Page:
12 September 2017

- A report from Sophia Murphy and Anelyse Weiler

Six dollars and twenty-two cents for a 1-kg bag of carrots in Nunavut. Almost one third of children in the Northwest Territories facing food insecurity. Half of a northern Ontario family’s monthly income spent just putting food on the table.

Many people are familiar with the crushing statistics on hunger and unaffordable food in Canada’s North. Those who probe a little deeper might learn about how food insecurity in the North is also linked to the ongoing legacy of colonialism, forced displacement, resource grabs and climate change.  But we often miss out on stories of strength, and how northern and Indigenous communities have been developing their own locally-relevant solutions and mobilizing for systemic change.

As part of the Foundation’s targeted areas of inquiry initiative, scholars Sophia Murphy (2013) and Anelyse Weiler (2015) received support in 2016-2017 to carry out a project entitled Strengthening Northern food security. They have been working with food security organizations in Canada’s North to ensure their policy priorities are heard loud and clear in Canada’s South. Partner organizations have included the Arctic Institute of Community-Based Research (AICBR) and Yukon Anti-Poverty Coalition in Whitehorse, YT, Food Secure Canada in Montreal, and Ecology North in Yellowknife, NWT. After members of the PETF community were warmly welcomed into Whitehorse during the 2016 Summer Institute, Murphy and Weiler continued to build on relationships with local partners.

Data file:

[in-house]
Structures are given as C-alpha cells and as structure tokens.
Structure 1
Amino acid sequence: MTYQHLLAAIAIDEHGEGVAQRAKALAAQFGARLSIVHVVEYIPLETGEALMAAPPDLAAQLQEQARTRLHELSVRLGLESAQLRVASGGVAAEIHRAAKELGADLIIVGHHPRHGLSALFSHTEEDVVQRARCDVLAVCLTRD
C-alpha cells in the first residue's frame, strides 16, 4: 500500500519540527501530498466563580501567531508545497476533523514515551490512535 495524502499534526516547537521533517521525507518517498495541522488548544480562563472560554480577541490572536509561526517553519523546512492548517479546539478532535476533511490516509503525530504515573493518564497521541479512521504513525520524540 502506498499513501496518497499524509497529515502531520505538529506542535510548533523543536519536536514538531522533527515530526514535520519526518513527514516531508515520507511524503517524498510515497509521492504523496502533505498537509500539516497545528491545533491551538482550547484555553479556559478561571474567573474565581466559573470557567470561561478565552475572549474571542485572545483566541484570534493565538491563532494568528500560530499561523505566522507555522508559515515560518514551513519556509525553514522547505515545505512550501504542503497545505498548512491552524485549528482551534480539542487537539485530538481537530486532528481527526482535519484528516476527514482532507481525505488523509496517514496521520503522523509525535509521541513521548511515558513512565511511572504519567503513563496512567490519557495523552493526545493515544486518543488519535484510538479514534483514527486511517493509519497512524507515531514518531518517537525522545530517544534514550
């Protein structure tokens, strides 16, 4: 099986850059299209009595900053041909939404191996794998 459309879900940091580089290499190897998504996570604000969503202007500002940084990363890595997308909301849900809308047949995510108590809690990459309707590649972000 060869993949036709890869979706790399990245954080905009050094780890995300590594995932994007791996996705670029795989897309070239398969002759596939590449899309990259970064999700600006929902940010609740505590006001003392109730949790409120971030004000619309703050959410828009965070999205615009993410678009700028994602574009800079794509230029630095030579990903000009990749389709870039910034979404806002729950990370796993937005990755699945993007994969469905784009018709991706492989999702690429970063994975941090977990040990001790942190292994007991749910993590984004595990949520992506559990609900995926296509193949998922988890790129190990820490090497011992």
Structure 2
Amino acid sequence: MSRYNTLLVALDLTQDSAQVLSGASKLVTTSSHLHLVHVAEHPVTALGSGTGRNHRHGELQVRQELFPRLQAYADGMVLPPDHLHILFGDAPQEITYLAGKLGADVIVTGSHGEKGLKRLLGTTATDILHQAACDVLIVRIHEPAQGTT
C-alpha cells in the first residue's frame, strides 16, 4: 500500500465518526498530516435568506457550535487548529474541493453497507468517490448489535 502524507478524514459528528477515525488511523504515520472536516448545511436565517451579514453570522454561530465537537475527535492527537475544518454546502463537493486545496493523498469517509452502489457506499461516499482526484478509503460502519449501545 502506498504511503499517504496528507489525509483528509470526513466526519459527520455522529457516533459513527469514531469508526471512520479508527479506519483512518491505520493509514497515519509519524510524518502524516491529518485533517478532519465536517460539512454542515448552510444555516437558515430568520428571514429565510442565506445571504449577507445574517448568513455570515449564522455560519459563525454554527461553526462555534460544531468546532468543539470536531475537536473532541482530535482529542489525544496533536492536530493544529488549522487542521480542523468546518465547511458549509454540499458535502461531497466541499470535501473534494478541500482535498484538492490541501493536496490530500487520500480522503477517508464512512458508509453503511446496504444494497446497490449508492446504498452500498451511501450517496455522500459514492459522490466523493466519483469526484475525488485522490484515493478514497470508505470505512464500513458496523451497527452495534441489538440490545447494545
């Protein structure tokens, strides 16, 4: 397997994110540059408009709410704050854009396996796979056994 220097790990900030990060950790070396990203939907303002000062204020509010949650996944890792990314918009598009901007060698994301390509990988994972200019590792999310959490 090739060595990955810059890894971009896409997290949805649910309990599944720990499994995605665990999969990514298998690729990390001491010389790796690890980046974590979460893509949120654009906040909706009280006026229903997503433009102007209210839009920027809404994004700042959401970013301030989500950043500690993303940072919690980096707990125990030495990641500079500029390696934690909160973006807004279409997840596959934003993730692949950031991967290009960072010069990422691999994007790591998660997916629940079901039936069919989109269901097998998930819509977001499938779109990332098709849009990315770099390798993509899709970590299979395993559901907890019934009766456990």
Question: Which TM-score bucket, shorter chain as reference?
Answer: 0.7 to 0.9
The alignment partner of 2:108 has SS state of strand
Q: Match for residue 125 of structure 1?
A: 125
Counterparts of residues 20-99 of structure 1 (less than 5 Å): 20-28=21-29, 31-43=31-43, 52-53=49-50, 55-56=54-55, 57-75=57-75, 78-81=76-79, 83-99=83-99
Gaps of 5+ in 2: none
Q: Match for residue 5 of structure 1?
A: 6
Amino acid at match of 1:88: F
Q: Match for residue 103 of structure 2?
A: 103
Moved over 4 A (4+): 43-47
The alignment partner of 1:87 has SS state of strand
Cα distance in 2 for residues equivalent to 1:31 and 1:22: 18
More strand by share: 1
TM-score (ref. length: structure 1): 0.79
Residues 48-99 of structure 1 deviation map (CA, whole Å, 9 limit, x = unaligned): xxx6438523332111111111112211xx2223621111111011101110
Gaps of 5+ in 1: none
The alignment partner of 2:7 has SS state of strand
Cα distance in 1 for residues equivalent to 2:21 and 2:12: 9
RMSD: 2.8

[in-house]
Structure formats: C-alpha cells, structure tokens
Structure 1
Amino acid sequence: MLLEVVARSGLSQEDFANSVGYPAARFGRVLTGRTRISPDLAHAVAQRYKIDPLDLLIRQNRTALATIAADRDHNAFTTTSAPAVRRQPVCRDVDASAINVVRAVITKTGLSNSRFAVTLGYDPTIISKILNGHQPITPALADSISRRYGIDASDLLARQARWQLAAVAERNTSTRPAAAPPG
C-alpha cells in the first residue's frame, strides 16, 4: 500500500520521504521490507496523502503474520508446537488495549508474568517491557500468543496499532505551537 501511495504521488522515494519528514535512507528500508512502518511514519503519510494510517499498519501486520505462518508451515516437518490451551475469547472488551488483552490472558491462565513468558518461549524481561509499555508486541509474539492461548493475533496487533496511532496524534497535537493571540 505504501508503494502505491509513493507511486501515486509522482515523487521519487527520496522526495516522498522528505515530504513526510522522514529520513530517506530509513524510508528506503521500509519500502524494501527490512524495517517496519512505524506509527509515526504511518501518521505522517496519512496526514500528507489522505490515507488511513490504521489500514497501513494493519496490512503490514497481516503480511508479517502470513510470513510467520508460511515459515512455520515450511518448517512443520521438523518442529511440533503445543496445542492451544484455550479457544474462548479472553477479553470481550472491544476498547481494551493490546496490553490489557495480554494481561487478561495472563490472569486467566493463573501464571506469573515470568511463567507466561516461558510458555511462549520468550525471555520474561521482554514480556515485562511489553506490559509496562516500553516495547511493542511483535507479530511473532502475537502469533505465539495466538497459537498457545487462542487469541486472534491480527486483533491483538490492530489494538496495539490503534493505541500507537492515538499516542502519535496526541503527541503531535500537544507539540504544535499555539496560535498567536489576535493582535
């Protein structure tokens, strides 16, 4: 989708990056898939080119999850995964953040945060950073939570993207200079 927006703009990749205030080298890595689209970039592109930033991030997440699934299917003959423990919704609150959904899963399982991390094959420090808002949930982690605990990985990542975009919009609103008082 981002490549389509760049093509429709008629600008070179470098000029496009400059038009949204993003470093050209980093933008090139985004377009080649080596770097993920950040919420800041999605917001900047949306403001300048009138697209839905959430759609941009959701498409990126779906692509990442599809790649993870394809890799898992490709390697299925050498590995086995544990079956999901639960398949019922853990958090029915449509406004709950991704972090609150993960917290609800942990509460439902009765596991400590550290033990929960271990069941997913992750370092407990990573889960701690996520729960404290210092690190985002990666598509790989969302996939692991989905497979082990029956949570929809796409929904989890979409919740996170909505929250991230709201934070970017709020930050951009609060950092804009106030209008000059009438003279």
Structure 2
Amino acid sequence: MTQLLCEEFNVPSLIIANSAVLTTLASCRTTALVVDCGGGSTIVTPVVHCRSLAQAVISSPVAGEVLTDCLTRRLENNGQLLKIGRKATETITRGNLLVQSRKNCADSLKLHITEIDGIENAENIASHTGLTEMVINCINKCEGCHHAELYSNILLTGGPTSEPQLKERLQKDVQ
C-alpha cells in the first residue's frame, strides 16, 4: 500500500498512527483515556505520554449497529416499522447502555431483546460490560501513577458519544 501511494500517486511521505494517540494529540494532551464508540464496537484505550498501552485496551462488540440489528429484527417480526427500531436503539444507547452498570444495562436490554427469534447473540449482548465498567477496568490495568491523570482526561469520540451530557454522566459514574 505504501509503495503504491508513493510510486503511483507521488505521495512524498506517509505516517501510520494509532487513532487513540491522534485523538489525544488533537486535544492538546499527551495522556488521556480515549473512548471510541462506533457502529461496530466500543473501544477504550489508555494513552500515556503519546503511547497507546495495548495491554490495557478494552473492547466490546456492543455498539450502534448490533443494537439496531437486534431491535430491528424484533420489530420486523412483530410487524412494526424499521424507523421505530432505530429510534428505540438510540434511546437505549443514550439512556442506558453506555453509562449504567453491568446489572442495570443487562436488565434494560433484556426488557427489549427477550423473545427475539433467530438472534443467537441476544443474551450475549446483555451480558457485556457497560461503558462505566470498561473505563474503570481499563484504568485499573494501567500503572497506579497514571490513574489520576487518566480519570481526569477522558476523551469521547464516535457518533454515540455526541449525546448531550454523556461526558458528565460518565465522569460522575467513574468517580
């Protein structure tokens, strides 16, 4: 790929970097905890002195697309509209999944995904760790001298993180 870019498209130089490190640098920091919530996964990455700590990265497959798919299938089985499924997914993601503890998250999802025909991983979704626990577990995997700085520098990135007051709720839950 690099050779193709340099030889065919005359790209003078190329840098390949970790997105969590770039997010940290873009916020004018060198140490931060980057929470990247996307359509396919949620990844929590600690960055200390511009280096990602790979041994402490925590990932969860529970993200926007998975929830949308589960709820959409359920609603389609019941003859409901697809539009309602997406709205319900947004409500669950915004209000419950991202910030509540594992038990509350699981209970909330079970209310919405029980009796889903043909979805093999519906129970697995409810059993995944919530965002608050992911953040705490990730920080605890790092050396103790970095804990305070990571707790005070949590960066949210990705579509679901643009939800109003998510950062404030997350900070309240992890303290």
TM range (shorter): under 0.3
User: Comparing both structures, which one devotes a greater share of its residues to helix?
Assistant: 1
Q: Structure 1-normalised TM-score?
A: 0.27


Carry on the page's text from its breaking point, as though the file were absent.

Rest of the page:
A core aim of the project was to enable northern communities to meaningfully participate in food-related dialogue and decisions that affect their lives. Because these decisions are often made in the southern part of Canada, the project supported exchanges of knowledge, networks and resources between food policy advocates travelling between the North and South.

During the 9th Annual Food Secure Canada Assembly in Toronto (October 13-16, 2016), the project helped ensure a strong presence of northerners. Katelyn Friendship, Co-Director of the AICBR, described the impact of attending the Assembly:

“It’s really important, I think, particularly for Northerners to have that opportunity to meet face to face, because we don't get that chance very often at all, if ever. So, it's much easier to work from a distance once those relationships have been seeded by having that first interaction.”

Jody Butler Walker, Co-Director of the AICBR, emphasized the importance of networking not only with new allies they met in the South, but with other northerners from across the country: “Down the road, it will help as the food crisis in the North becomes more acute, which it is probably going to do before it gets better.”

When the federal government announced a consultation process for a national Food Policy for Canada in the spring of 2017, Weiler and Murphy collaborated with Food Secure Canada to amplify the voices of organizations in the North. Organizations led their own community engagement events to gather everyday eaters’ perspectives social, economic, health and environmental values related to food in Canada. As Weiler and Murphy note in their speculative fiction article on Canada’s food revolution, projects such as Aroland Youth Blueberries in northern Ontario and the Tr’ondëk Hwëch’in Teaching and Working Farm in the Yukon are being used for Indigenous self-empowerment and revitalizing cultural food practices.

No matter what form the national food policy ultimately takes, it’s clear that Northerners will continue taking great pride in leading their own way toward access to healthy, dignified and culturally relevant foods.

Learn more

Sophia Murphy

How do nations achieve food sovereignty? Sophia Murphy is exploring international and local mechanisms to improve food security. 

2013 Scholars

Anelyse Weiler

Anelyse Weiler (sociology, University of Toronto) wants to understand how the perspectives of migrant farmworkers in North America on environmental, health, and equity issues can inform local and international efforts to realize more sustainable food systems.

2015 Scholars